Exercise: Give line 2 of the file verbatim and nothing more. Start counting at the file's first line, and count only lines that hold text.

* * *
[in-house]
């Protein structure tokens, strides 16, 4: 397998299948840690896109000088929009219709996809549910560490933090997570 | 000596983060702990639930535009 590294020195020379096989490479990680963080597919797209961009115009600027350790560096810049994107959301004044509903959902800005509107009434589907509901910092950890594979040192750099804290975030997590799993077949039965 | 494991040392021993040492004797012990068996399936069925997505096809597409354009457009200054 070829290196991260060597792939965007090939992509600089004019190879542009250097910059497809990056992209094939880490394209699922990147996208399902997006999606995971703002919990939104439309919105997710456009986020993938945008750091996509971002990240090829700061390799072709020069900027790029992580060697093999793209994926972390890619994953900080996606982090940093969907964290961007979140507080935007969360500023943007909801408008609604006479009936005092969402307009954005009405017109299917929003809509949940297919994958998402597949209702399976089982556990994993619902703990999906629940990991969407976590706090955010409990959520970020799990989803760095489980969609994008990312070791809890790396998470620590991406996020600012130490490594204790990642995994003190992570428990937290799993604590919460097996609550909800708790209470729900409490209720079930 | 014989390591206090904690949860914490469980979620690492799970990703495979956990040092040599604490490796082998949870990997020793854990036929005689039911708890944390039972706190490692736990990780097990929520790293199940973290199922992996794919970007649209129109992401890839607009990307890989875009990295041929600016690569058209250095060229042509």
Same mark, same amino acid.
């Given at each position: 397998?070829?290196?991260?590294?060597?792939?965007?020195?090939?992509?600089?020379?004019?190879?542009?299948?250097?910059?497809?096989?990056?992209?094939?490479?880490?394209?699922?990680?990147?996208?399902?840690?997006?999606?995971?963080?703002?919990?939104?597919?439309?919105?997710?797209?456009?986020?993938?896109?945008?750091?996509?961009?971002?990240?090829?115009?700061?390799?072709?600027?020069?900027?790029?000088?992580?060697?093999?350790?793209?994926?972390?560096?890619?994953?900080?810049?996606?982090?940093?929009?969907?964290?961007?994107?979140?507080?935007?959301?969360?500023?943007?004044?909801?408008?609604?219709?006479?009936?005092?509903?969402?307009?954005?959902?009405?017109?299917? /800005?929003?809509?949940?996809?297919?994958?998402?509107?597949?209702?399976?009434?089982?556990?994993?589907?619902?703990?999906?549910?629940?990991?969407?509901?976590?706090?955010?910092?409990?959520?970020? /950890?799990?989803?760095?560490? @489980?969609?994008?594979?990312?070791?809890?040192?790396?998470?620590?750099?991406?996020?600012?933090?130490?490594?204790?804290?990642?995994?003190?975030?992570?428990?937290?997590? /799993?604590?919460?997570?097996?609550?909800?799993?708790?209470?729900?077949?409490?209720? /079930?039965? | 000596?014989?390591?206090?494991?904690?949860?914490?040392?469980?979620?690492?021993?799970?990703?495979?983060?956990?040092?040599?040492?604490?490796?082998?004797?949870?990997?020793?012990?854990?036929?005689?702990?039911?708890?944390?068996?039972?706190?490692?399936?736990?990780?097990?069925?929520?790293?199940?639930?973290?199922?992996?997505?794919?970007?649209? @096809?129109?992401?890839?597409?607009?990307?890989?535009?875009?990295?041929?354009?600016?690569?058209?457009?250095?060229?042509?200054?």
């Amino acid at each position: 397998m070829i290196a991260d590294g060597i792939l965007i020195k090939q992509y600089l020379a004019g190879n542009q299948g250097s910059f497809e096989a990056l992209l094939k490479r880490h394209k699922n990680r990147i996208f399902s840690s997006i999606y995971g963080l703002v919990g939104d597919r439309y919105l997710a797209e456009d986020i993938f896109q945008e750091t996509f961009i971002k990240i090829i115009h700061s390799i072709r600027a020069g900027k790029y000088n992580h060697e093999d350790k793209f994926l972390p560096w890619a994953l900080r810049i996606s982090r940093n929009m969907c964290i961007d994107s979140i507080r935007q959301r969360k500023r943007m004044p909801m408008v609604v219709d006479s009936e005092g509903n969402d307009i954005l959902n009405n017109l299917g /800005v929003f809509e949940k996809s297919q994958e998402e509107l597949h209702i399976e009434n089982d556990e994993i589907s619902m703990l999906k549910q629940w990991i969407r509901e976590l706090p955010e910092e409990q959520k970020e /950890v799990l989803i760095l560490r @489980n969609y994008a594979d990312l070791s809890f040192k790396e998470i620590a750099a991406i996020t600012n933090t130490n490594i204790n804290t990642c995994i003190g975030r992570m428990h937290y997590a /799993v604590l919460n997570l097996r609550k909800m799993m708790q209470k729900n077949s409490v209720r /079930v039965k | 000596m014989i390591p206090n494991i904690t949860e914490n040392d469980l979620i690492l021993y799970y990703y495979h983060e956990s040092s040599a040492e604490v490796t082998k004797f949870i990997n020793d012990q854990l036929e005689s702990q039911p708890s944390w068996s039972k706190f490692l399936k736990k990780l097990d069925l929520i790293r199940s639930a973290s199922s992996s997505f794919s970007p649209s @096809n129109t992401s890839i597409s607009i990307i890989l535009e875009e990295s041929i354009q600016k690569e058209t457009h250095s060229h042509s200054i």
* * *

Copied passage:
């Protein structure tokens, strides 16, 4: 397998299948840690896109000088929009219709996809549910560490933090997570 | 000596983060702990639930535009 590294020195020379096989490479990680963080597919797209961009115009600027350790560096810049994107959301004044509903959902800005509107009434589907509901910092950890594979040192750099804290975030997590799993077949039965 | 494991040392021993040492004797012990068996399936069925997505096809597409354009457009200054 070829290196991260060597792939965007090939992509600089004019190879542009250097910059497809990056992209094939880490394209699922990147996208399902997006999606995971703002919990939104439309919105997710456009986020993938945008750091996509971002990240090829700061390799072709020069900027790029992580060697093999793209994926972390890619994953900080996606982090940093969907964290961007979140507080935007969360500023943007909801408008609604006479009936005092969402307009954005009405017109299917929003809509949940297919994958998402597949209702399976089982556990994993619902703990999906629940990991969407976590706090955010409990959520970020799990989803760095489980969609994008990312070791809890790396998470620590991406996020600012130490490594204790990642995994003190992570428990937290799993604590919460097996609550909800708790209470729900409490209720079930 | 014989390591206090904690949860914490469980979620690492799970990703495979956990040092040599604490490796082998949870990997020793854990036929005689039911708890944390039972706190490692736990990780097990929520790293199940973290199922992996794919970007649209129109992401890839607009990307890989875009990295041929600016690569058209250095060229042509």